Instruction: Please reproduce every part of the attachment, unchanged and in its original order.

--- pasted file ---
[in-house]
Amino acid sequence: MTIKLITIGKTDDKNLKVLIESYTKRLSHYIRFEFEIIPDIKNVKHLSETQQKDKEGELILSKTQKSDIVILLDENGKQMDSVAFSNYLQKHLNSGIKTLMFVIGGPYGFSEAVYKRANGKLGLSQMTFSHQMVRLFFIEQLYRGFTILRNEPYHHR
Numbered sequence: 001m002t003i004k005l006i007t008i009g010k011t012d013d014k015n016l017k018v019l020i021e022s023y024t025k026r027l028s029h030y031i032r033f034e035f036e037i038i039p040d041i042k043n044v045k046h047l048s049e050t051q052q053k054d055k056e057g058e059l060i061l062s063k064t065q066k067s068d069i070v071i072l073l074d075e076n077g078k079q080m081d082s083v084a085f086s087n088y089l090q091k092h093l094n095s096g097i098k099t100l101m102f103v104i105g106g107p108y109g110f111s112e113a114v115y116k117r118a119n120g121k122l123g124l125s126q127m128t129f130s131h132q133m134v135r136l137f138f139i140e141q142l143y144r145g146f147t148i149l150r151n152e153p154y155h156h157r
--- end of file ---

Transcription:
[in-house]
Amino acid sequence: MTIKLITIGKTDDKNLKVLIESYTKRLSHYIRFEFEIIPDIKNVKHLSETQQKDKEGELILSKTQKSDIVILLDENGKQMDSVAFSNYLQKHLNSGIKTLMFVIGGPYGFSEAVYKRANGKLGLSQMTFSHQMVRLFFIEQLYRGFTILRNEPYHHR
Numbered sequence: 001m002t003i004k005l006i007t008i009g010k011t012d013d014k015n016l017k018v019l020i021e022s023y024t025k026r027l028s029h030y031i032r033f034e035f036e037i038i039p040d041i042k043n044v045k046h047l048s049e050t051q052q053k054d055k056e057g058e059l060i061l062s063k064t065q066k067s068d069i070v071i072l073l074d075e076n077g078k079q080m081d082s083v084a085f086s087n088y089l090q091k092h093l094n095s096g097i098k099t100l101m102f103v104i105g106g107p108y109g110f111s112e113a114v115y116k117r118a119n120g121k122l123g124l125s126q127m128t129f130s131h132q133m134v135r136l137f138f139i140e141q142l143y144r145g146f147t148i149l150r151n152e153p154y155h156h157r